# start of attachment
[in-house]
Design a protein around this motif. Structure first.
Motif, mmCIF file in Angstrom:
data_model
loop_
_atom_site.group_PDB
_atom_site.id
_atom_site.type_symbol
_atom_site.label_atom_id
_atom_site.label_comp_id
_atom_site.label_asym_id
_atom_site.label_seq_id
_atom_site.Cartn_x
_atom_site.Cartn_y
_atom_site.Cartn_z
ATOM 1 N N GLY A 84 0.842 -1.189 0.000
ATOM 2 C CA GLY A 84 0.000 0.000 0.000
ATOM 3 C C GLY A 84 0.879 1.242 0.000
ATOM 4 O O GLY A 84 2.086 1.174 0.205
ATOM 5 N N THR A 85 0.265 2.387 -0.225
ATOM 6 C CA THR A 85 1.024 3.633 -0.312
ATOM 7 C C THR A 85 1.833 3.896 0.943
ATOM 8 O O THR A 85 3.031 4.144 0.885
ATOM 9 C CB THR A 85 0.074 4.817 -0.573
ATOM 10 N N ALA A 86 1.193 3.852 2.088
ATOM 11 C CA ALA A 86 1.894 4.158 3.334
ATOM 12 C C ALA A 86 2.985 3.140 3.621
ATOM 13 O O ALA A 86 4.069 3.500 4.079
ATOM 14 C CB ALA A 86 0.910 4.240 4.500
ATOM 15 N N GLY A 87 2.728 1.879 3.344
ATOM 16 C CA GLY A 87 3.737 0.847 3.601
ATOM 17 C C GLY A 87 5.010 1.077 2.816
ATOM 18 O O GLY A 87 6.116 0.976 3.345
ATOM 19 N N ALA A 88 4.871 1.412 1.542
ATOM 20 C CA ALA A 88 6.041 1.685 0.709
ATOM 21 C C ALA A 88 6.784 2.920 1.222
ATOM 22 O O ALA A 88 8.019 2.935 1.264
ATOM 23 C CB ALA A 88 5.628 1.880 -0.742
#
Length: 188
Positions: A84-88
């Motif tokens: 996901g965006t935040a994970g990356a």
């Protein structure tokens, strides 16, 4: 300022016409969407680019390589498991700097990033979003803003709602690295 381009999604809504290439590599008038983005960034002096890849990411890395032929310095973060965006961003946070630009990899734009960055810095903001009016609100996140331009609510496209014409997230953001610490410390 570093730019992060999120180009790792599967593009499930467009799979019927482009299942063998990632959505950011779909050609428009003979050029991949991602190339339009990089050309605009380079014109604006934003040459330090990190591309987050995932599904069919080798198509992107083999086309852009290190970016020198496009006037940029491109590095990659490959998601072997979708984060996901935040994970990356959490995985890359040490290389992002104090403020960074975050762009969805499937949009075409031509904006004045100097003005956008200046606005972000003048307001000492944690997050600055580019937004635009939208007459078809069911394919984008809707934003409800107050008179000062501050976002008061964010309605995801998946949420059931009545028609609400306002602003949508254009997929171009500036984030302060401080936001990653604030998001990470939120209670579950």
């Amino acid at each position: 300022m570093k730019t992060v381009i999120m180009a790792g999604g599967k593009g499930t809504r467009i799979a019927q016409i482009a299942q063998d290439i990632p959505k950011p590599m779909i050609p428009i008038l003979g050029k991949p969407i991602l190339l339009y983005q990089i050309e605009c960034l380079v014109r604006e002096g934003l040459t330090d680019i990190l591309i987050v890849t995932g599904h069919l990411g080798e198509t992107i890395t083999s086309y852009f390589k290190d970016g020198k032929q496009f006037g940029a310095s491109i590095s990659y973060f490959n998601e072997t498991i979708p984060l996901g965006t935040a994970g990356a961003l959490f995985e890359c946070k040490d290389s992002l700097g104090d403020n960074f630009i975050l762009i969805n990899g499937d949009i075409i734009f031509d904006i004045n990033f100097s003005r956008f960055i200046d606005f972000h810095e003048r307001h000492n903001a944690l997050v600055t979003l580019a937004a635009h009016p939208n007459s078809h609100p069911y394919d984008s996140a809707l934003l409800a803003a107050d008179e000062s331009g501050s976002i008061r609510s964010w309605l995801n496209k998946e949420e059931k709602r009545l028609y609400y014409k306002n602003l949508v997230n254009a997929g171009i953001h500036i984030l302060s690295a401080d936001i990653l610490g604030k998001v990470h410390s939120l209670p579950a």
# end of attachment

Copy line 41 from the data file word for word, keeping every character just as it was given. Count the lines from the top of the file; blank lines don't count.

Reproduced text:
Positions: A84-88